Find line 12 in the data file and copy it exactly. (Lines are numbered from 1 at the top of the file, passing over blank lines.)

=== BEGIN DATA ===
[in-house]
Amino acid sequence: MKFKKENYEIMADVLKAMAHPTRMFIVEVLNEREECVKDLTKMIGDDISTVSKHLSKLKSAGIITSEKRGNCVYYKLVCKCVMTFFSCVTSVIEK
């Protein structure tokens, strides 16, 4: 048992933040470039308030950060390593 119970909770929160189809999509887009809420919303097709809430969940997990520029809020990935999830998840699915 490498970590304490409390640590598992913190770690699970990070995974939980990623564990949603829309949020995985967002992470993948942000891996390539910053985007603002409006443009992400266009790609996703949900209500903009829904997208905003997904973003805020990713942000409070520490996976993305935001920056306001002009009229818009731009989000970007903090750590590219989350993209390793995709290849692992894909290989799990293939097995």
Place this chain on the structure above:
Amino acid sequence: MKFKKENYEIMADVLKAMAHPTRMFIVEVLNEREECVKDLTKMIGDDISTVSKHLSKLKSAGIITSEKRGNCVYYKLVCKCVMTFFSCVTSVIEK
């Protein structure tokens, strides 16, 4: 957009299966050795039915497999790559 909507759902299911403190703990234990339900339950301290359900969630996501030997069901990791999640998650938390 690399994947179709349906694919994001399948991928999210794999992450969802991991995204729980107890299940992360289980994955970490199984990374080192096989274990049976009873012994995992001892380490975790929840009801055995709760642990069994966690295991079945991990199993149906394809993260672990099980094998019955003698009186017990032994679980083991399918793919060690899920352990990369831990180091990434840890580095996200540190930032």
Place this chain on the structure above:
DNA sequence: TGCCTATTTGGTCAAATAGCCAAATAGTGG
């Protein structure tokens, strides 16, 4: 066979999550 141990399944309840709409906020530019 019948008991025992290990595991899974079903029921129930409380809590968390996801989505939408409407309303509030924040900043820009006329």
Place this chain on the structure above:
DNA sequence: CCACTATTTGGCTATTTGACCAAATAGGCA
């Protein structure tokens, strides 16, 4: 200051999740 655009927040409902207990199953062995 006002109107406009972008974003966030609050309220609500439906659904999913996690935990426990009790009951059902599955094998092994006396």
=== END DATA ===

């Protein structure tokens, strides 16, 4: 200051999740 655009927040409902207990199953062995 006002109107406009972008974003966030609050309220609500439906659904999913996690935990426990009790009951059902599955094998092994006396």